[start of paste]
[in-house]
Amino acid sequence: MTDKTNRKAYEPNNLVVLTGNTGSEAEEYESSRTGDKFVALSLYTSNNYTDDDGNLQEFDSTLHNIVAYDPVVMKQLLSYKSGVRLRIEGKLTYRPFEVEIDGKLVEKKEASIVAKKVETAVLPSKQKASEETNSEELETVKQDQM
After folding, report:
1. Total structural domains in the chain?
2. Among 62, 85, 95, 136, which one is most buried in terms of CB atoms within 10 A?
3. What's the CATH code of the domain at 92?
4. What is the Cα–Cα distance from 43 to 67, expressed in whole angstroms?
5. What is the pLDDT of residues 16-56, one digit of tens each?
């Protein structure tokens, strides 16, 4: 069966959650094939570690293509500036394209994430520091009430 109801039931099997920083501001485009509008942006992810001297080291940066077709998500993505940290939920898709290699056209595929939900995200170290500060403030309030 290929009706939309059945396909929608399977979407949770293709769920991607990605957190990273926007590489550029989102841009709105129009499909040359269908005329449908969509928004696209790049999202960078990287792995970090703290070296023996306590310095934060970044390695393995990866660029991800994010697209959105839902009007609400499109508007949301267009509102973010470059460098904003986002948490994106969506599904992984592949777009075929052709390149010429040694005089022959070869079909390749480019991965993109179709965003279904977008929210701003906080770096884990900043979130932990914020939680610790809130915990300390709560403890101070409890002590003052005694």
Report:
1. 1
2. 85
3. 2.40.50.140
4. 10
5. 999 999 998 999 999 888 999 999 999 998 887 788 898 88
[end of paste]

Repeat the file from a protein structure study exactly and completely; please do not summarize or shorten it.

[in-house]
Amino acid sequence: MTDKTNRKAYEPNNLVVLTGNTGSEAEEYESSRTGDKFVALSLYTSNNYTDDDGNLQEFDSTLHNIVAYDPVVMKQLLSYKSGVRLRIEGKLTYRPFEVEIDGKLVEKKEASIVAKKVETAVLPSKQKASEETNSEELETVKQDQM
After folding, report:
1. Total structural domains in the chain?
2. Among 62, 85, 95, 136, which one is most buried in terms of CB atoms within 10 A?
3. What's the CATH code of the domain at 92?
4. What is the Cα–Cα distance from 43 to 67, expressed in whole angstroms?
5. What is the pLDDT of residues 16-56, one digit of tens each?
């Protein structure tokens, strides 16, 4: 069966959650094939570690293509500036394209994430520091009430 109801039931099997920083501001485009509008942006992810001297080291940066077709998500993505940290939920898709290699056209595929939900995200170290500060403030309030 290929009706939309059945396909929608399977979407949770293709769920991607990605957190990273926007590489550029989102841009709105129009499909040359269908005329449908969509928004696209790049999202960078990287792995970090703290070296023996306590310095934060970044390695393995990866660029991800994010697209959105839902009007609400499109508007949301267009509102973010470059460098904003986002948490994106969506599904992984592949777009075929052709390149010429040694005089022959070869079909390749480019991965993109179709965003279904977008929210701003906080770096884990900043979130932990914020939680610790809130915990300390709560403890101070409890002590003052005694």
Report:
1. 1
2. 85
3. 2.40.50.140
4. 10
5. 999 999 998 999 999 888 999 999 999 998 887 788 898 88